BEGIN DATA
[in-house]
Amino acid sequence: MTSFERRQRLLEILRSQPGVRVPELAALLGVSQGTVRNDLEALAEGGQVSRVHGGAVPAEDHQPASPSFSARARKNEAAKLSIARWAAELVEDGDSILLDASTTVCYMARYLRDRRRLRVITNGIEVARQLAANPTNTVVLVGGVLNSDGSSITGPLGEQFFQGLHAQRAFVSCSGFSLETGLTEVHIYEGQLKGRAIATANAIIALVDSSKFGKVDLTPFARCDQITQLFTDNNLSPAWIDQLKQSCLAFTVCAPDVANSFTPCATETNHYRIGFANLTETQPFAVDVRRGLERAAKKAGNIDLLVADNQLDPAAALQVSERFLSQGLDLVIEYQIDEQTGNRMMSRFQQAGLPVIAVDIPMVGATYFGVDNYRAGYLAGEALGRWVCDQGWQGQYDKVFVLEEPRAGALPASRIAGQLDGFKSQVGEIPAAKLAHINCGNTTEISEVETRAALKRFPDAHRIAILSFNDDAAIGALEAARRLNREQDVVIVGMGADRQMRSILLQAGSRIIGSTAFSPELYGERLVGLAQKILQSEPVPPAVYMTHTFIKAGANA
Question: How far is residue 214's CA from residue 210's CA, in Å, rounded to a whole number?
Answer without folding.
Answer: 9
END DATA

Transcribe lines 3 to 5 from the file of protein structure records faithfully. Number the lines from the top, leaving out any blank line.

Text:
Question: How far is residue 214's CA from residue 210's CA, in Å, rounded to a whole number?
Answer without folding.
Answer: 9